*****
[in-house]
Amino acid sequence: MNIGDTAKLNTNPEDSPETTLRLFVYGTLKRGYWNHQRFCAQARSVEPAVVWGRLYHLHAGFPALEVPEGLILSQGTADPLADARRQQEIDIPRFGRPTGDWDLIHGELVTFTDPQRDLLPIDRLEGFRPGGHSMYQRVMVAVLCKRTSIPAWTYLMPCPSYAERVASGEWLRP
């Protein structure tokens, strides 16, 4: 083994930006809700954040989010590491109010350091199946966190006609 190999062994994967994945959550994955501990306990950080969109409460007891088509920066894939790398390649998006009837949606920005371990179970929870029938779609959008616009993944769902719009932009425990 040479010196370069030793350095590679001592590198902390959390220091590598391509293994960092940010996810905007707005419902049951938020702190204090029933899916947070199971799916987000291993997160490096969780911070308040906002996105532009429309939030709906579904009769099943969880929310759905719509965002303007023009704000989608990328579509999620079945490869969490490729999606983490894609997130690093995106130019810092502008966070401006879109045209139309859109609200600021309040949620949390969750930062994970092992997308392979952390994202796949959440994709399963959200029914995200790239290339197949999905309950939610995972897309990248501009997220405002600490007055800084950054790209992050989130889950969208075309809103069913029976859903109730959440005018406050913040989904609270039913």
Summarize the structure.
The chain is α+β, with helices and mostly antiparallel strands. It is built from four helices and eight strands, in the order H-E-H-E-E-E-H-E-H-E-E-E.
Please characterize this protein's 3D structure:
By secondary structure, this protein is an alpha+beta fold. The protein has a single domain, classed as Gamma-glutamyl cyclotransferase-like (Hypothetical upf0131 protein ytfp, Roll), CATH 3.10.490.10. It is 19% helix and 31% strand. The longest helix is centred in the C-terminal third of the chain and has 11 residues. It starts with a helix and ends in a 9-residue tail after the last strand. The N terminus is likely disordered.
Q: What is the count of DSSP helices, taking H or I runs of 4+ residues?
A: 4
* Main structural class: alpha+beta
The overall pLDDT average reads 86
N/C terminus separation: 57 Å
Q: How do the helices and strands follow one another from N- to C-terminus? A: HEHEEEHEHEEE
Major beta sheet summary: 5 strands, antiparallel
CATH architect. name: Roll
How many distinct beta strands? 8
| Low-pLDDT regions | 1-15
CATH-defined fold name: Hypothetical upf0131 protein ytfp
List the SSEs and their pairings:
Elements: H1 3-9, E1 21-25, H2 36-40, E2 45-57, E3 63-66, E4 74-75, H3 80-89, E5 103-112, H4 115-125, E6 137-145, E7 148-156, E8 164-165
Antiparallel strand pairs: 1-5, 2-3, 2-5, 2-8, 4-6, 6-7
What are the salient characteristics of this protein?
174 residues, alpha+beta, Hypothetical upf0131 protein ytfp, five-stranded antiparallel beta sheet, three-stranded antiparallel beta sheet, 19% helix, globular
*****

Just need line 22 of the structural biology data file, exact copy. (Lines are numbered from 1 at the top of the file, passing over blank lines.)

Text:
What are the salient characteristics of this protein?